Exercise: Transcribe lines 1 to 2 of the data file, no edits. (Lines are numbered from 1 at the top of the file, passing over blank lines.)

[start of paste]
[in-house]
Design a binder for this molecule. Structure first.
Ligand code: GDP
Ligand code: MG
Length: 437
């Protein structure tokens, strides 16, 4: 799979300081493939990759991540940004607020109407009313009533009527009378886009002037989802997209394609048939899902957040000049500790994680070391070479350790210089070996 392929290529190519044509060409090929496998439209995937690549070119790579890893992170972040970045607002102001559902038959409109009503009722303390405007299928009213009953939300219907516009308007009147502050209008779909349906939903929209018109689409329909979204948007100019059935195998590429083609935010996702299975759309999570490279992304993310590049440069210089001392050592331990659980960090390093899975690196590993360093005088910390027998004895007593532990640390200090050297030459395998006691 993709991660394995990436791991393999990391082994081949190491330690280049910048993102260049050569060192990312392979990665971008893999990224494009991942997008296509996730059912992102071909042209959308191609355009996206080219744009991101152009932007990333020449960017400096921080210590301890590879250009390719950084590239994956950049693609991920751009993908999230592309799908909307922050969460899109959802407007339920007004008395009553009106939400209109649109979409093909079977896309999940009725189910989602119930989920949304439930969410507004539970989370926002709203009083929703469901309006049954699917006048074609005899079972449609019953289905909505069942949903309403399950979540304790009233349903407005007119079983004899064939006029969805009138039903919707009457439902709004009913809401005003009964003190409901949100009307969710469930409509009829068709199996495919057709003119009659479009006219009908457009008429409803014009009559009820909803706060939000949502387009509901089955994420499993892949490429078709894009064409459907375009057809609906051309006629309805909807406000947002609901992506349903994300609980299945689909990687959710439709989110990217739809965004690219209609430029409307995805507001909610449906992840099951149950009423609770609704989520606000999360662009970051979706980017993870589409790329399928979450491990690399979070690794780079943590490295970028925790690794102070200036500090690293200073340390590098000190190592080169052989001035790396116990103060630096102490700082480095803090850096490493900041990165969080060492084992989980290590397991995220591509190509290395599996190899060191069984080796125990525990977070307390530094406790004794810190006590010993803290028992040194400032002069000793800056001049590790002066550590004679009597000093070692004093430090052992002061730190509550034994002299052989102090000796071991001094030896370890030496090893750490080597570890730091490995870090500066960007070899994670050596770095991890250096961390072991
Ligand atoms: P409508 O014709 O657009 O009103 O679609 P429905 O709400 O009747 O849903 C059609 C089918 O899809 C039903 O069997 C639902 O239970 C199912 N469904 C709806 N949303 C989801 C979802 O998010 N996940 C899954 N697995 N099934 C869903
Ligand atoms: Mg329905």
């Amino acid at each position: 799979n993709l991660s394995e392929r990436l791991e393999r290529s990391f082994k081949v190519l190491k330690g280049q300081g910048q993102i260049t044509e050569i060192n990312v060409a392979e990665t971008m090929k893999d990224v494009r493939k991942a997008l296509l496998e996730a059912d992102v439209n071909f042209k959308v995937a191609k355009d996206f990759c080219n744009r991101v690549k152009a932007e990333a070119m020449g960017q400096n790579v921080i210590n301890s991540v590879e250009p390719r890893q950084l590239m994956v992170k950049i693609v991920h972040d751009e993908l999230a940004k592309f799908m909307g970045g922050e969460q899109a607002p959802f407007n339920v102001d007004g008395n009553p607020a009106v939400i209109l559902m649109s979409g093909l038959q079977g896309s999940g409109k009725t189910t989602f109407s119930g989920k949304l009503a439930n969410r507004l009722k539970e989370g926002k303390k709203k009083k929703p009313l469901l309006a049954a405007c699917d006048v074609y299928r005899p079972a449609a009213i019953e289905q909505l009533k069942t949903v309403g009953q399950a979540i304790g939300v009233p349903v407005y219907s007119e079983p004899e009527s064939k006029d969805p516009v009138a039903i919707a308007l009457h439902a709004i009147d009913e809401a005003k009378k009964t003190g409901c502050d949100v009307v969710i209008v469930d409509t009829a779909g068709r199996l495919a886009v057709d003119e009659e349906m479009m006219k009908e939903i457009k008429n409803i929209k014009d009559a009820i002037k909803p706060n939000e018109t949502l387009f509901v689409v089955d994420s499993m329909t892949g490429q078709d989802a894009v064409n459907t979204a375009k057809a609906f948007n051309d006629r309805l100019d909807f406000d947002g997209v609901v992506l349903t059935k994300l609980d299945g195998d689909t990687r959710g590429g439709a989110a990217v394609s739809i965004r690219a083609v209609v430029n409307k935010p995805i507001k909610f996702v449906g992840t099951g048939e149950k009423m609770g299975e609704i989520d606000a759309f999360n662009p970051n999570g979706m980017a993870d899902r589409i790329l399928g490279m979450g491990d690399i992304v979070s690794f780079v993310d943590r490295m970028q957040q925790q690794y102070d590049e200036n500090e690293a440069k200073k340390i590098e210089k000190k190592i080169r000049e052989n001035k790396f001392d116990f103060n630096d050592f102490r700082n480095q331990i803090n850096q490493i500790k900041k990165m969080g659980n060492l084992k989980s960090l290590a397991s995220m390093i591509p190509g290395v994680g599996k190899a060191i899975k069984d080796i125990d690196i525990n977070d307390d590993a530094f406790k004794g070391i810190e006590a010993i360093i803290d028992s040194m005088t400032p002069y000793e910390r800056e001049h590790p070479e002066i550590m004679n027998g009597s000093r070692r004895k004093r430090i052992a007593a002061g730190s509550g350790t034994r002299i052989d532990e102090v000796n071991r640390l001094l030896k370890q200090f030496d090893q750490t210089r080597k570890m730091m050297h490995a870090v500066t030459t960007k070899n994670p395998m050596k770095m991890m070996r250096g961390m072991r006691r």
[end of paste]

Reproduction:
[in-house]
Design a binder for this molecule. Structure first.